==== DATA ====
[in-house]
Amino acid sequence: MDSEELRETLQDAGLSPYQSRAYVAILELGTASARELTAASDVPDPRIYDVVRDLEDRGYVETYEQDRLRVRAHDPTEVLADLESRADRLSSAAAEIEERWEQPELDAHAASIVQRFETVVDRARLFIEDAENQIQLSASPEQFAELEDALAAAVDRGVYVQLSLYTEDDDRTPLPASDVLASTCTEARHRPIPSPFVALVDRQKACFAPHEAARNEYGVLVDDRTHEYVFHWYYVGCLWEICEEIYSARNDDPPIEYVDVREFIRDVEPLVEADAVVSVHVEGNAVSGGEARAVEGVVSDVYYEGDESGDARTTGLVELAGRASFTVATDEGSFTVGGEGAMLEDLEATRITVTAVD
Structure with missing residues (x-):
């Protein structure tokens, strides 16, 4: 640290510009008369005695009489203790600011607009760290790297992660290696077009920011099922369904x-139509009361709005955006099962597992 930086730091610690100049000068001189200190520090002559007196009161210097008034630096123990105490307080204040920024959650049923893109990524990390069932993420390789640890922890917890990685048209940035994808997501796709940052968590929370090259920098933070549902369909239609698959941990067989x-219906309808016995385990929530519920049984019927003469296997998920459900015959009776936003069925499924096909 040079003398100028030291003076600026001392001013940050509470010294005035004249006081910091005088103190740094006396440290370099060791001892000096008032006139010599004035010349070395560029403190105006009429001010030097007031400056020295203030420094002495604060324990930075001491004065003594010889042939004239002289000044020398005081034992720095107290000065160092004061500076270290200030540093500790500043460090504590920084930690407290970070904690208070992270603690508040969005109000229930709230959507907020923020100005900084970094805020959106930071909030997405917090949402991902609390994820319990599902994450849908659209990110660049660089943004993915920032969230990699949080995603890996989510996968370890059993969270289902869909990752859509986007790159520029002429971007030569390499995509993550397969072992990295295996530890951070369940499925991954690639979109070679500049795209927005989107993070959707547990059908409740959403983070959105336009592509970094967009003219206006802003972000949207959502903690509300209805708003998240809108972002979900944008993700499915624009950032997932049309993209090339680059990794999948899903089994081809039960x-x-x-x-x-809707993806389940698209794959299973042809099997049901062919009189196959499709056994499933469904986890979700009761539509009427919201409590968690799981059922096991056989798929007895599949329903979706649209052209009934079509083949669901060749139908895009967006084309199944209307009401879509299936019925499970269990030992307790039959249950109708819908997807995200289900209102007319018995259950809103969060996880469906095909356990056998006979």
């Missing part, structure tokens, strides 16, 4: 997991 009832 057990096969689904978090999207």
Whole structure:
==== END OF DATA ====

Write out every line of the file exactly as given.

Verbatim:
[in-house]
Amino acid sequence: MDSEELRETLQDAGLSPYQSRAYVAILELGTASARELTAASDVPDPRIYDVVRDLEDRGYVETYEQDRLRVRAHDPTEVLADLESRADRLSSAAAEIEERWEQPELDAHAASIVQRFETVVDRARLFIEDAENQIQLSASPEQFAELEDALAAAVDRGVYVQLSLYTEDDDRTPLPASDVLASTCTEARHRPIPSPFVALVDRQKACFAPHEAARNEYGVLVDDRTHEYVFHWYYVGCLWEICEEIYSARNDDPPIEYVDVREFIRDVEPLVEADAVVSVHVEGNAVSGGEARAVEGVVSDVYYEGDESGDARTTGLVELAGRASFTVATDEGSFTVGGEGAMLEDLEATRITVTAVD
Structure with missing residues (x-):
């Protein structure tokens, strides 16, 4: 640290510009008369005695009489203790600011607009760290790297992660290696077009920011099922369904x-139509009361709005955006099962597992 930086730091610690100049000068001189200190520090002559007196009161210097008034630096123990105490307080204040920024959650049923893109990524990390069932993420390789640890922890917890990685048209940035994808997501796709940052968590929370090259920098933070549902369909239609698959941990067989x-219906309808016995385990929530519920049984019927003469296997998920459900015959009776936003069925499924096909 040079003398100028030291003076600026001392001013940050509470010294005035004249006081910091005088103190740094006396440290370099060791001892000096008032006139010599004035010349070395560029403190105006009429001010030097007031400056020295203030420094002495604060324990930075001491004065003594010889042939004239002289000044020398005081034992720095107290000065160092004061500076270290200030540093500790500043460090504590920084930690407290970070904690208070992270603690508040969005109000229930709230959507907020923020100005900084970094805020959106930071909030997405917090949402991902609390994820319990599902994450849908659209990110660049660089943004993915920032969230990699949080995603890996989510996968370890059993969270289902869909990752859509986007790159520029002429971007030569390499995509993550397969072992990295295996530890951070369940499925991954690639979109070679500049795209927005989107993070959707547990059908409740959403983070959105336009592509970094967009003219206006802003972000949207959502903690509300209805708003998240809108972002979900944008993700499915624009950032997932049309993209090339680059990794999948899903089994081809039960x-x-x-x-x-809707993806389940698209794959299973042809099997049901062919009189196959499709056994499933469904986890979700009761539509009427919201409590968690799981059922096991056989798929007895599949329903979706649209052209009934079509083949669901060749139908895009967006084309199944209307009401879509299936019925499970269990030992307790039959249950109708819908997807995200289900209102007319018995259950809103969060996880469906095909356990056998006979």
């Missing part, structure tokens, strides 16, 4: 997991 009832 057990096969689904978090999207």
Whole structure: